• Animals;
  • Carrier proteins/genetics;
  • Genetic tests;
  • HCM


  1. Top of page
  2. Abstract
  3. Materials and Methods
  4. Results
  5. Discussion
  6. Footnotes
  7. References

Background: Hypertrophic cardiomyopathy (HCM) is an inherited autosomal dominant trait in cats. The A31P single nucleotide polymorphism (SNP) in the myosin binding protein C 3 gene is thought to be the causative mutation in Maine Coon cats. Additionally, the A74T SNP is offered as a genetic test for HCM.

Objectives: To evaluate the genetic association between the above-mentioned SNPs and phenotypes.

Animals: Eighty-three Maine Coon cats and 68 cats of other breeds.

Methods: The study was performed prospectively. Cats were phenotyped as healthy or HCM with echocardiography. Taqman genotyping assays were used for genotyping; results were confirmed by sequencing analysis.

Results: A31P was found in 18/83 (22%) Maine Coon cats. Fifteen of 18 Maine Coons (83%) with the A31P mutation were healthy on echocardiographic examination (mean age 65 months). A74T was present in 28/79 (35%) of Maine Coons and in 42/68 (62%) of other cat breeds. Twenty-two of 28 (79%) of Maine Coons and 21/42 (62%) of other breed cats with the A74T mutation were healthy at a mean age of 72 months and 91 months, respectively. Of 12 Maine Coons with HCM, 9 (75%) were genotype-negative for A31P and 6 (50%) for A74T. Allele frequencies did not differ significantly (P= .47) between phenotype groups. None of the evaluated genetic tests was able to provide useful predictive information of disease outcome.

Conclusions and Clinical Importance: The value of currently available genetic tests is low in the cats of this study. The mutations analyzed appear to have a low penetrance, and even homozygote cats can remain healthy.


coefficient of variation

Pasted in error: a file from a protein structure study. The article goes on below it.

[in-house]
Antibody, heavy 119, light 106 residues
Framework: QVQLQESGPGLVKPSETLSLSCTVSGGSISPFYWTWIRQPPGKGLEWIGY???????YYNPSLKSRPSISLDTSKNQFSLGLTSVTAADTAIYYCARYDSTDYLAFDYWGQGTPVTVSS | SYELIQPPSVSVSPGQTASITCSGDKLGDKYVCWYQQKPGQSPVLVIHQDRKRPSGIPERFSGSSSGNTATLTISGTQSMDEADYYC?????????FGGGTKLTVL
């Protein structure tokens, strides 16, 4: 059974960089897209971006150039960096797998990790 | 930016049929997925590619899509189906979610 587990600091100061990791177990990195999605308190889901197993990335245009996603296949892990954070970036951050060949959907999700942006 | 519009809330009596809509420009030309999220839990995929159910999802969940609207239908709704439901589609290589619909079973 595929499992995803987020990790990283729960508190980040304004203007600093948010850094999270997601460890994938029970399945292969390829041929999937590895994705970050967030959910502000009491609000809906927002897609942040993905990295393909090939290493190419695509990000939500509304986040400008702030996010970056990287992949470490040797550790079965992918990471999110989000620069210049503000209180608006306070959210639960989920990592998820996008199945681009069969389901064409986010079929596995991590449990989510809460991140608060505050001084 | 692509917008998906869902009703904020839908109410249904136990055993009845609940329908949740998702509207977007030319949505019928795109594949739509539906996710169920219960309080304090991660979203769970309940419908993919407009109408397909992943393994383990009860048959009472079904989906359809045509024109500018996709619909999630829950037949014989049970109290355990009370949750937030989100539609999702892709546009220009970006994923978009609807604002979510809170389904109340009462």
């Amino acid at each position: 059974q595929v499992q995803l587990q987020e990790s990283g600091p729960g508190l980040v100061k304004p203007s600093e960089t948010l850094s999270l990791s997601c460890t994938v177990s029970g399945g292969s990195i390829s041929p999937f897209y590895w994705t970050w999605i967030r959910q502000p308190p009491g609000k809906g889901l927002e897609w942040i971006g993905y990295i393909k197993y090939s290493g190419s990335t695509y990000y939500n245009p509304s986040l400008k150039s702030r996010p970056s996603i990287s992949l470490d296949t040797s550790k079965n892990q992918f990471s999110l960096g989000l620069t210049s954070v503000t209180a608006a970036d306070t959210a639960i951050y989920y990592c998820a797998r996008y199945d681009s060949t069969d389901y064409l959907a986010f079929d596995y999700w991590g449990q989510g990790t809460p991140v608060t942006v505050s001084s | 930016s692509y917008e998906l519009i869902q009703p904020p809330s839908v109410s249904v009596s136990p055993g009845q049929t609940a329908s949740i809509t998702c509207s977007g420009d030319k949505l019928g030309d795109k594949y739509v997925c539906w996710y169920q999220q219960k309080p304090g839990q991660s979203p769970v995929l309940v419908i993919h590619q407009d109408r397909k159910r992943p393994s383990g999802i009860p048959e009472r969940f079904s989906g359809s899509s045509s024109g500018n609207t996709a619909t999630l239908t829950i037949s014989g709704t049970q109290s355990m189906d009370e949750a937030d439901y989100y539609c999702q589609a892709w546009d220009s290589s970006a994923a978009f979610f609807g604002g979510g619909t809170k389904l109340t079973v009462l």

hypertrophic cardiomyopathy


interventricular septum


interventricular septum at end-diastole


left ventricular


left ventricular posterior wall


left ventricular posterior wall at end-diastole


myosin binding protein C 3


polymerase chain reaction


single nucleotide polymorphisms


tissue Doppler imaging

Hypertrophic cardiomyopathy (HCM) is the most common familial genetic heart disease in humans, affecting one in 500 individuals.1,2 In 60% of cases it is inherited as an autosomal dominant trait, while exhibiting an enormous phenotypic and genotypic heterogeneity. De novo mutations are also considered to be a cause of sporadic HCM.3,4 For many years, HCM in humans has been suspected of being a genetic disease of the sarcomere. To date, >450 different mutations considered responsible for familial HCM have been identified within 13 sarcomere- and myofilament-related genes.5–7

HCM is the most common cardiac disease in cats. Autosomal dominant inheritance with a heterogeneous disease outcome has been documented in a family of Maine Coon cats.8,9 One point mutations in the cardiac myosin binding protein C 3 (MYBPC3) gene (A31P) leading to amino acid changes in the protein occur in Maine Coon cats with HCM and one point mutation in the same gene (R820W) is thought to cause the same disease in Ragdoll cats.9,10 Another single nucleotide polymorphisms (SNP) (A74T) of the MVBPC3 has been suspected to cause HCM in Maine Coon cats.a Several commercial laboratories currently provide genetic tests for the above-mentioned mutations. The A31P mutation is present in about 34% of all Maine Coon cats worldwide, although studies evaluating the relationship between genotype and clinical outcome are lacking.11 The goal of this study, therefore, was to evaluate the genetic association of A31P and A74T SNPs with the phenotype of HCM in Maine Coon cats in Germany. Clinical validation (sensitivity, specificity) of both genetic tests was assessed as well. In addition, the presence of the 2 above-named SNPs was evaluated in other breeds besides Maine Coon cats.